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Eye On Boise

Conference committee adjourns until 8 a.m. tomorrow

The conference committee has voted unanimously to adjourn until 8 a.m. tomorrow. Before the motion to adjourn, Chairman Bert Brackett noted that when the panel left off before its last break, it was talking about the fuel tax. “I will recap where I think we are. We’ve been up and down, around the block on 312. We said OK on the surplus eliminator, conditionally. We said OK on the strategic initiative program (at ITD). And we went around on that one.”

Rep. John Vander Woude, R-Nampa, interrupted. “In talking to some of our caucus members, we still have some angst on the locals. That probably isn’t resolved yet,” he said.

Brackett then went through what the conference committee has agreed on: Adjusting proposed increases in vehicle registration fees to keep them at a flat $25 for the newest cars, but a lower 53 percent increase for older cars, which he noted in some cases is lower than what the House originally proposed; setting new fees on electric and hybrid cars at $140 and $75 respectively; and keeping fee increases on trucks at a flat $25 and on motorcycles at $10.

“My suggestion is we recess for the evening and meet again at 8 o’clock in the morning, same place,” Brackett said.

Sen. Roy Lacey, D-Pocatello, said, “I think that is a very good idea. We all need to think this over a little bit. … I think what we have discussed over the day and tha agreements that we have come to are very good. I feel bad that (House members are) ... wanting to back out (from) ... letting locals be a part of it,” on distributions from the surplus eliminator, “because locals are paying into this fund.”

Brackett said, “I just want to thank our House colleagues for all their good efforts. They expressed concern about what they could get to get off their floor. I would note that that has been a moving target and I understand that, but I can tell you that the Senate has challenges on the floor also. So I would hope that the House could be respective of that also.”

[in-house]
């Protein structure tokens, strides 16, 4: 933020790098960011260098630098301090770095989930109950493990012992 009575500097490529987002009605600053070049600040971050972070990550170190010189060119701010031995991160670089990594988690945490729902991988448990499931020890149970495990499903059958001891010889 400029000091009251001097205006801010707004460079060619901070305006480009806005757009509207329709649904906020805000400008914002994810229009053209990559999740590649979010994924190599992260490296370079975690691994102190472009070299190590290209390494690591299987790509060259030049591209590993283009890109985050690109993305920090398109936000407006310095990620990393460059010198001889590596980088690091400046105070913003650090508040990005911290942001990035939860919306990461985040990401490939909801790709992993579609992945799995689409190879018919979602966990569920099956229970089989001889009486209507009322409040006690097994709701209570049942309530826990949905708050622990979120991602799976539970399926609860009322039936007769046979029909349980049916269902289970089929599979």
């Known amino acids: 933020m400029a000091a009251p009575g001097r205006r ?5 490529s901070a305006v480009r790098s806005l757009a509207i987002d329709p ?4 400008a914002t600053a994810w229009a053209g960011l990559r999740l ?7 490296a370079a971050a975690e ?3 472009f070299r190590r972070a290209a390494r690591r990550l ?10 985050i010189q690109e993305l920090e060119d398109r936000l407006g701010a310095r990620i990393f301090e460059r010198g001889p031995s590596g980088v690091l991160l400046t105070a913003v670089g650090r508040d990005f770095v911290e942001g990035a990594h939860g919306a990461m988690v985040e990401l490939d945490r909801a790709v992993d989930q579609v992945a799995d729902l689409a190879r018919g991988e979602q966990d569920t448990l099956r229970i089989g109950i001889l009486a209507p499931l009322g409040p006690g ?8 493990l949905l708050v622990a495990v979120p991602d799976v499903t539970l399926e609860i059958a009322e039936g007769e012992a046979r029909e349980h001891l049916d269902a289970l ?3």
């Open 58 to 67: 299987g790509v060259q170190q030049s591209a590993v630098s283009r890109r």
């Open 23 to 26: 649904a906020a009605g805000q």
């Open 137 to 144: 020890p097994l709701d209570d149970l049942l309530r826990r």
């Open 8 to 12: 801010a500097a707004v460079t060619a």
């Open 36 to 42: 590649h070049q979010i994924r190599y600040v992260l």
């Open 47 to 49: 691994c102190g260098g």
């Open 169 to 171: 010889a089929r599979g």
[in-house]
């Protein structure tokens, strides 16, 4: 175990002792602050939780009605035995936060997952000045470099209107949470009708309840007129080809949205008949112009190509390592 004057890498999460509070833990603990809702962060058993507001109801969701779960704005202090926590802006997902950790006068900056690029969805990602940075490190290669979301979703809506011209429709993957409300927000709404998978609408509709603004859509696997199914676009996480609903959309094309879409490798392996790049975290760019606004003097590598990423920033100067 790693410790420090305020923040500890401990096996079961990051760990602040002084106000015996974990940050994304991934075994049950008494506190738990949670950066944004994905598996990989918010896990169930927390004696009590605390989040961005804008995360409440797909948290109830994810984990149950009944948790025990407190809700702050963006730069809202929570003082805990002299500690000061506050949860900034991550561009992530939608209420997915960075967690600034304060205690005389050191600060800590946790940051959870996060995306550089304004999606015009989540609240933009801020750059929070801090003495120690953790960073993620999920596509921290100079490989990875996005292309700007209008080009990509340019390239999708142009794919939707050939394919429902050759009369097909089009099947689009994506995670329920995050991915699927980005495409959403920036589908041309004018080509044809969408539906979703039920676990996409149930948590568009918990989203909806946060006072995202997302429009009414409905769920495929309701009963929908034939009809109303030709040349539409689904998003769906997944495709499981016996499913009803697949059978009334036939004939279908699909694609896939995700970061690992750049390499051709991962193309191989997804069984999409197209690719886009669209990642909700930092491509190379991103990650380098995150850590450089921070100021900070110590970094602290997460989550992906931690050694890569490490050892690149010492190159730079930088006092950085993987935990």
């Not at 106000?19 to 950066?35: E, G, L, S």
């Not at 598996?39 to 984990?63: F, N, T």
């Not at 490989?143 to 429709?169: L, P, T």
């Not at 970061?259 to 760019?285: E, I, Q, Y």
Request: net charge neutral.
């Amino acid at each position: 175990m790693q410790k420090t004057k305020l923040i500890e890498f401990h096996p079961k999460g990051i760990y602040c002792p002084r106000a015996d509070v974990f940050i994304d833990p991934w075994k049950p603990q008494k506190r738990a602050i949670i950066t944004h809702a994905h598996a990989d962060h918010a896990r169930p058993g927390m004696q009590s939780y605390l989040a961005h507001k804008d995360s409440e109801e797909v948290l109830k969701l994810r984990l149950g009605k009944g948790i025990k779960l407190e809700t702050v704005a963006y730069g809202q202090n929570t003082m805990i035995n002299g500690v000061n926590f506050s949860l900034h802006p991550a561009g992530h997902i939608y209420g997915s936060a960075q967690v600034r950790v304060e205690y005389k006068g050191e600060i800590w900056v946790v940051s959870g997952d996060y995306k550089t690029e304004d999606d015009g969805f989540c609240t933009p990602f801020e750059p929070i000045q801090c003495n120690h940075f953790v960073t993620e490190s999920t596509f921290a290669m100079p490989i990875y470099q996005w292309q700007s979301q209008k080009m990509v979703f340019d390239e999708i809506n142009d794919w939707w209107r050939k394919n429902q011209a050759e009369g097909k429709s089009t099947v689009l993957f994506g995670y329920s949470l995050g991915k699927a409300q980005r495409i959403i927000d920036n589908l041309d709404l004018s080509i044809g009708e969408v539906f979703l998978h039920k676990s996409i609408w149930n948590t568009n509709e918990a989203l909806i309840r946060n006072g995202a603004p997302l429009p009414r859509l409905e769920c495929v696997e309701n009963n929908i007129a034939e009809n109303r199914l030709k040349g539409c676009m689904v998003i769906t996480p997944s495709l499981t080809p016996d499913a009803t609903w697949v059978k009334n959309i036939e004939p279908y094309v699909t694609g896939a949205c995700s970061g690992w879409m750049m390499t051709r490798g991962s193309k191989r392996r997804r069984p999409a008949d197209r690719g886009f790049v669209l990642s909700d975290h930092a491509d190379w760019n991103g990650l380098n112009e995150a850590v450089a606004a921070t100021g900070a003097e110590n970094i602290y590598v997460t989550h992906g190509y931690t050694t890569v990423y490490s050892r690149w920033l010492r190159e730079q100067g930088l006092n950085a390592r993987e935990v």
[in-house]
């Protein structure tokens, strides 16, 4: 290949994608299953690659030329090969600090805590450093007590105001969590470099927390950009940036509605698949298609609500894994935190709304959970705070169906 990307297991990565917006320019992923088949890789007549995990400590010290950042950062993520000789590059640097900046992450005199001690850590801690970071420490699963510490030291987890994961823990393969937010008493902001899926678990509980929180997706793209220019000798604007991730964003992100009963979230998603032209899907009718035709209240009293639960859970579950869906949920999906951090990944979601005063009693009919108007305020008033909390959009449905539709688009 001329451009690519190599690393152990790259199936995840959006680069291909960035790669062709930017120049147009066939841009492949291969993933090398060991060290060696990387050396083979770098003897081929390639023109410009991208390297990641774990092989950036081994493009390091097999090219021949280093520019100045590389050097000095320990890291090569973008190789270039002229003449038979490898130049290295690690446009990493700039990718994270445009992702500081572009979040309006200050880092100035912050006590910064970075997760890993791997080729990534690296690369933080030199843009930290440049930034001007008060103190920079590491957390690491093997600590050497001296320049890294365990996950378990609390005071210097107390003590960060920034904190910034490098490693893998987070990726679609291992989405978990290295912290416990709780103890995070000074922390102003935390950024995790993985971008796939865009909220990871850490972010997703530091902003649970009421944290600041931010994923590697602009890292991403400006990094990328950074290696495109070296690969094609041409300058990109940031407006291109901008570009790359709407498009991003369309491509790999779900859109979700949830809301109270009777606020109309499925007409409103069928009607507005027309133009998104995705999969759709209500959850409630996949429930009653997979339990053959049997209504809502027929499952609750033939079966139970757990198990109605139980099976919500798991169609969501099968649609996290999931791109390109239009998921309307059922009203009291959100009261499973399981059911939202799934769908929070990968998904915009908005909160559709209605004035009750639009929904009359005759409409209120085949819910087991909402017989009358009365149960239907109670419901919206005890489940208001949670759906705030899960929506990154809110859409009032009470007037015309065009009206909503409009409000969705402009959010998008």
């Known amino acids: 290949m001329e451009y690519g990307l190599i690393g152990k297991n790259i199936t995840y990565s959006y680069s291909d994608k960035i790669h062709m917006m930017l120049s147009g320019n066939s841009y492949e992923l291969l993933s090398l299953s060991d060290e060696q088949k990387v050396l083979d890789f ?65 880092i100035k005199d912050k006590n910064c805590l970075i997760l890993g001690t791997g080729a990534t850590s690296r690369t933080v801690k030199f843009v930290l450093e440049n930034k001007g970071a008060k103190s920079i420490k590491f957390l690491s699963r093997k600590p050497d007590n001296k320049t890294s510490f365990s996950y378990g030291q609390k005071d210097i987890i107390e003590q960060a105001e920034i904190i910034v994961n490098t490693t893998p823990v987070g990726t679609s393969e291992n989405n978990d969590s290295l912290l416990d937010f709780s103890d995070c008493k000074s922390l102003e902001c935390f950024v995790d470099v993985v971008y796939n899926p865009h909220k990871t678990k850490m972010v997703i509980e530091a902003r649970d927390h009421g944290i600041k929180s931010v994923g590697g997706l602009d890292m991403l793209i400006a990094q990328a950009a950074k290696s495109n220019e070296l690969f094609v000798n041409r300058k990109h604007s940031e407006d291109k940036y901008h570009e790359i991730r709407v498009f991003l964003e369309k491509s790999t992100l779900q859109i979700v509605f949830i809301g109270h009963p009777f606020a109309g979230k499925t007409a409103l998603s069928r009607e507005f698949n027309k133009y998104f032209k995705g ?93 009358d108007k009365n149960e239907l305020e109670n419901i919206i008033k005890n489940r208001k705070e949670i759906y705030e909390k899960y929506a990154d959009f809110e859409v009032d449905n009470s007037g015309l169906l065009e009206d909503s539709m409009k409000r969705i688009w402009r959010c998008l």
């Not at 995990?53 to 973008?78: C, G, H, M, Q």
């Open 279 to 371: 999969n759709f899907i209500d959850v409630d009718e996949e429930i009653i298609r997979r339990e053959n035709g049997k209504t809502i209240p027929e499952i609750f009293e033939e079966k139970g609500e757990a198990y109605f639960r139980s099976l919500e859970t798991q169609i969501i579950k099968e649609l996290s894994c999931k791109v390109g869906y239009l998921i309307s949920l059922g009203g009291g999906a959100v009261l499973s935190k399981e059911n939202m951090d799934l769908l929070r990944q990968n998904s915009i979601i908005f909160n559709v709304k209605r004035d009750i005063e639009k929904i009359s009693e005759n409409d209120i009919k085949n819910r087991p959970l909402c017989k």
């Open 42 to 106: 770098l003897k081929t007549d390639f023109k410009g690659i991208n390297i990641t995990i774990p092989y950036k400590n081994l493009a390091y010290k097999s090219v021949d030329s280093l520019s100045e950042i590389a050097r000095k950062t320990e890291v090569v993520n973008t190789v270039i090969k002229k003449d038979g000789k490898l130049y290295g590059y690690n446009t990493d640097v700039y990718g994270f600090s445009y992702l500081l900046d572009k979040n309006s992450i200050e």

Sen. Dean Cameron, R-Rupert, said, “I’m not as nice a person as you are, but I do respect and appreciate our House members for what they’re doing. I didn’t agree to serve on this conference committee to fail.  ... I think if we fail, we do a disservice not only to the state right now and to the state’s economy, but to our children who end up picking up the tab down the road. And I think we potentially prolong this session beyond where it needs to be.”

Cameron noted the handout he distributed on tax relief bills already passed this year. “It’s real dollars and it really impacts our budgets,” he said. “I’m a little frustrated, because I feel like we have been willing to give, and have given, on numerous fronts. I came in here not willing to go into the general fund, but I’m willing to go there. I feel like on our side we have given and given and I don’t see that same give coming from the other side. If we’re not willing to reach a compromise and to have both sides give, then we’re wasting everybody’s time.”

He said, “Perhaps sleeping on it is a good idea, to give everybody a little time to think about it. My instructions are pretty clear. Our members want to make a significant dent in the shortfall. We believe the information that says if we don’t do it now, it’s going to cost us more later. That’s not hyperbole, we believe that. We believe that for us, that range needed to be in that $125 million arena.” He said if HB 95 is counted as contributing $20 million toward that, “That means you’ve got to get to somewhere around $115 million … 110 at the lowest. And the only way you get there is either with a more aggressive registration fee, so the one we proposed isn’t aggressive enough then, if you’re not going to make up the difference in gas tax.”

With the registration fees the conference committee already has agreed to, Cameron said, “It generates about $23 million.” So a 10-cent gas tax increase is needed to make up the difference, he said. “So I’m in a little bit of a quandary. I’m not willing to go to the general fund, I’m not willing to do the surplus eliminator, unless we’re going to do something significant with the gas tax. So that’s where we’re at. So perhaps cooling off is appropriate, and we can come back at it tomorrow morning.”


Betsy Z. Russell
Betsy Z. Russell joined The Spokesman-Review in 1991. She currently is a reporter in the Boise Bureau covering Idaho state government and politics, and other news from Idaho's state capital.

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